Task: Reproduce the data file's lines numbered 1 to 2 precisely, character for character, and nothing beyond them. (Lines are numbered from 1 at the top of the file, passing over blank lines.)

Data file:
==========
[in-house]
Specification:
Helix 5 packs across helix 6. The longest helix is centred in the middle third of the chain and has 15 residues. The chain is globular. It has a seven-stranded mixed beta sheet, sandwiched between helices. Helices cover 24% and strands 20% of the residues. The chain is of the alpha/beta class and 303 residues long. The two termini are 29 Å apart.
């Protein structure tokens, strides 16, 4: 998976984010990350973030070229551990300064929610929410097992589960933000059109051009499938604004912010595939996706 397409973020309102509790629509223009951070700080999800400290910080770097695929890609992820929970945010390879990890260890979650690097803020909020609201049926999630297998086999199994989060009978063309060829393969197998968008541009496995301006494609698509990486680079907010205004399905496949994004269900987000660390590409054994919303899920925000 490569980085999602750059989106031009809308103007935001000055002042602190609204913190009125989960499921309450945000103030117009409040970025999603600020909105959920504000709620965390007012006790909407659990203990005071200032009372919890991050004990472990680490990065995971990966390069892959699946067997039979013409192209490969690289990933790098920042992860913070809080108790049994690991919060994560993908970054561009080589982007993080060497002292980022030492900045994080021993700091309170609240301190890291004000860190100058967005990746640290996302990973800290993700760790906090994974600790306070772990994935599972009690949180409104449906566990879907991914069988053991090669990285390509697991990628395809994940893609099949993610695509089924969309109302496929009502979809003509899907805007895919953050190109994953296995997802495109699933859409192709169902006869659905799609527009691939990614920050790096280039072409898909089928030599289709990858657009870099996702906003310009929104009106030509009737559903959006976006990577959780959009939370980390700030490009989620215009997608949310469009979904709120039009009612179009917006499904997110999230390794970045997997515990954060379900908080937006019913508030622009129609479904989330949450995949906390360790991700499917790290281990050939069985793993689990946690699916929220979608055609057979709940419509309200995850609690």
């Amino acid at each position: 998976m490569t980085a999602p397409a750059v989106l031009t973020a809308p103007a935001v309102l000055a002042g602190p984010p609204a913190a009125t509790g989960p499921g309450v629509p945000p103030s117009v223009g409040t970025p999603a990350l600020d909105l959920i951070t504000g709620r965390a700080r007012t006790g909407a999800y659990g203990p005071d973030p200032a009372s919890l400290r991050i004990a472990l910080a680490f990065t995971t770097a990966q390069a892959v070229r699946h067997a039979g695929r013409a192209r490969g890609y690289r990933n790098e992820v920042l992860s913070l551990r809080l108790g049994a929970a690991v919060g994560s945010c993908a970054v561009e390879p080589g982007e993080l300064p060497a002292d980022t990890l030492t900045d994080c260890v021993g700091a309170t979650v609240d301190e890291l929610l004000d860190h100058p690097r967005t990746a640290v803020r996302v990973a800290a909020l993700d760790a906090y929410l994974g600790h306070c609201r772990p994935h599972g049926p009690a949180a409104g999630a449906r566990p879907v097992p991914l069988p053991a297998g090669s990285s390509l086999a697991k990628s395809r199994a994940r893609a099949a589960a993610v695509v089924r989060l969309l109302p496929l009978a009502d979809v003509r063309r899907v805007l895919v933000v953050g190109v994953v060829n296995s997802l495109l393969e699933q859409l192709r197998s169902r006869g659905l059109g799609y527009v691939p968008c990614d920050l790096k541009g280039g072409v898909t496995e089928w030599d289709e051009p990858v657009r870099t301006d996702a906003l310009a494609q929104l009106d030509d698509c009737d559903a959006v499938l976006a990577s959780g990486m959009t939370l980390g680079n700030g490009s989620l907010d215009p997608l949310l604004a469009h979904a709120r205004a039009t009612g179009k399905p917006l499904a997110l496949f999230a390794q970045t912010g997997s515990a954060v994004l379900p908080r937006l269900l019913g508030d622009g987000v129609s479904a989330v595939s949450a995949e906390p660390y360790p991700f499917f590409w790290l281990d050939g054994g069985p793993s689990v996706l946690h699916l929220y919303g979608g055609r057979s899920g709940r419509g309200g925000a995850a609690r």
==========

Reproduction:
[in-house]
Specification: